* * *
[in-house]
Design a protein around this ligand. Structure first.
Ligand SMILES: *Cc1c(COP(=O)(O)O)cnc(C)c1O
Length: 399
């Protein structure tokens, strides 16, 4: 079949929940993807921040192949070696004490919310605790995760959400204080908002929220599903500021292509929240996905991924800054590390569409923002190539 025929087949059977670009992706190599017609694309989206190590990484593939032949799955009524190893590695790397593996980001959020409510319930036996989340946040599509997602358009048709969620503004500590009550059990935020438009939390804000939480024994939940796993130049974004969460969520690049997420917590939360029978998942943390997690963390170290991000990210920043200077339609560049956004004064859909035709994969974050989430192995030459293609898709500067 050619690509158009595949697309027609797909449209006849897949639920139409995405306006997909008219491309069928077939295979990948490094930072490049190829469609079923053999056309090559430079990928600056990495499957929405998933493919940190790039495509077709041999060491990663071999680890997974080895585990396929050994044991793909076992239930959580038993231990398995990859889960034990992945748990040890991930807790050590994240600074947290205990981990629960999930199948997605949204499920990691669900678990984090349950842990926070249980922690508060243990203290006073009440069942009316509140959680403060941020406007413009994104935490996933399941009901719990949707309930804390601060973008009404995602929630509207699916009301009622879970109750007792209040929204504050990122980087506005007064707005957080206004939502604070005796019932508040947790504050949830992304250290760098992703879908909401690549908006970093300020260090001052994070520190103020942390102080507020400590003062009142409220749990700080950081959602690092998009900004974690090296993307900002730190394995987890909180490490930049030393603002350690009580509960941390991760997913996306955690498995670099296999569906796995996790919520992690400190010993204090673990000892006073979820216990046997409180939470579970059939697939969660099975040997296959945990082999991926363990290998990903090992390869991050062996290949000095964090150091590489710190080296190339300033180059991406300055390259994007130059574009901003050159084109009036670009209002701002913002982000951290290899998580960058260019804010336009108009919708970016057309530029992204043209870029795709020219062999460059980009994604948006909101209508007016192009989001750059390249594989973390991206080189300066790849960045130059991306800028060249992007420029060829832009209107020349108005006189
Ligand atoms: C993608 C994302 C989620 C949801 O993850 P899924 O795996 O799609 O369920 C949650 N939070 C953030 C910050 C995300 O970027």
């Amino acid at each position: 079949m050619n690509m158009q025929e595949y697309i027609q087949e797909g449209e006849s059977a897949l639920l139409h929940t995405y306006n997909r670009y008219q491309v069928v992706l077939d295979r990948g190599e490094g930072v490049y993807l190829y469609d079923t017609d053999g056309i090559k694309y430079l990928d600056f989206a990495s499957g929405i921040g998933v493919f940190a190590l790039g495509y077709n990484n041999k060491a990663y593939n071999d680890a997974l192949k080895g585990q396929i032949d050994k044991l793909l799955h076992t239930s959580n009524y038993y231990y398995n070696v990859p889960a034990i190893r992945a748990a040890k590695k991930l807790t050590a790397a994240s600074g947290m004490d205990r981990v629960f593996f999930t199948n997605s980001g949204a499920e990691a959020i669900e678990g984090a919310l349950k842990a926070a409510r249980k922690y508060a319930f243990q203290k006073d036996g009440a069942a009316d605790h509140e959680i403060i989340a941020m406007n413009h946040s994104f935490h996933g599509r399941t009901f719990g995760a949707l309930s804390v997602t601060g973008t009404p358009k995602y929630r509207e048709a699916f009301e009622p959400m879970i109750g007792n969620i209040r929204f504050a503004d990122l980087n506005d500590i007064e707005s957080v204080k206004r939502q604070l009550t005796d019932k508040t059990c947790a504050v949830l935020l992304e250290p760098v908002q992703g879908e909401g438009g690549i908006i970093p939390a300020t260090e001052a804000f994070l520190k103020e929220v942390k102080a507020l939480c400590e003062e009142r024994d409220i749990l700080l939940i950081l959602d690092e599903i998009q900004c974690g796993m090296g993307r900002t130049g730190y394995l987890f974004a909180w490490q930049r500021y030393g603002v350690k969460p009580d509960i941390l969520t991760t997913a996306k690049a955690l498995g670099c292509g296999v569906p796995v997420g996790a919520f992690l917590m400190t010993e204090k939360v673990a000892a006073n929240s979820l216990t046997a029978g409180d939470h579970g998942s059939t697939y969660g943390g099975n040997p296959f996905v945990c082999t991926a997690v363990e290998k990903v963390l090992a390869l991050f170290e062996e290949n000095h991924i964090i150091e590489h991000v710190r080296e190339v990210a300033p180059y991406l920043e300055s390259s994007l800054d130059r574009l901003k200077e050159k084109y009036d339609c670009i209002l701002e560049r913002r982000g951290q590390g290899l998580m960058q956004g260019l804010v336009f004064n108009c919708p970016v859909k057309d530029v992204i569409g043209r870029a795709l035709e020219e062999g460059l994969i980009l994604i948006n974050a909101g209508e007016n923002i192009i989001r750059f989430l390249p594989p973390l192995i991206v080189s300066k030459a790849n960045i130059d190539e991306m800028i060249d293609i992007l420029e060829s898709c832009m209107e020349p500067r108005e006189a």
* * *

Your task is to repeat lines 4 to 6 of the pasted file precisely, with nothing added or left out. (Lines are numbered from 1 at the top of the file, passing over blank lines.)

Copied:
Length: 399
């Protein structure tokens, strides 16, 4: 079949929940993807921040192949070696004490919310605790995760959400204080908002929220599903500021292509929240996905991924800054590390569409923002190539 025929087949059977670009992706190599017609694309989206190590990484593939032949799955009524190893590695790397593996980001959020409510319930036996989340946040599509997602358009048709969620503004500590009550059990935020438009939390804000939480024994939940796993130049974004969460969520690049997420917590939360029978998942943390997690963390170290991000990210920043200077339609560049956004004064859909035709994969974050989430192995030459293609898709500067 050619690509158009595949697309027609797909449209006849897949639920139409995405306006997909008219491309069928077939295979990948490094930072490049190829469609079923053999056309090559430079990928600056990495499957929405998933493919940190790039495509077709041999060491990663071999680890997974080895585990396929050994044991793909076992239930959580038993231990398995990859889960034990992945748990040890991930807790050590994240600074947290205990981990629960999930199948997605949204499920990691669900678990984090349950842990926070249980922690508060243990203290006073009440069942009316509140959680403060941020406007413009994104935490996933399941009901719990949707309930804390601060973008009404995602929630509207699916009301009622879970109750007792209040929204504050990122980087506005007064707005957080206004939502604070005796019932508040947790504050949830992304250290760098992703879908909401690549908006970093300020260090001052994070520190103020942390102080507020400590003062009142409220749990700080950081959602690092998009900004974690090296993307900002730190394995987890909180490490930049030393603002350690009580509960941390991760997913996306955690498995670099296999569906796995996790919520992690400190010993204090673990000892006073979820216990046997409180939470579970059939697939969660099975040997296959945990082999991926363990290998990903090992390869991050062996290949000095964090150091590489710190080296190339300033180059991406300055390259994007130059574009901003050159084109009036670009209002701002913002982000951290290899998580960058260019804010336009108009919708970016057309530029992204043209870029795709020219062999460059980009994604948006909101209508007016192009989001750059390249594989973390991206080189300066790849960045130059991306800028060249992007420029060829832009209107020349108005006189
Ligand atoms: C993608 C994302 C989620 C949801 O993850 P899924 O795996 O799609 O369920 C949650 N939070 C953030 C910050 C995300 O970027």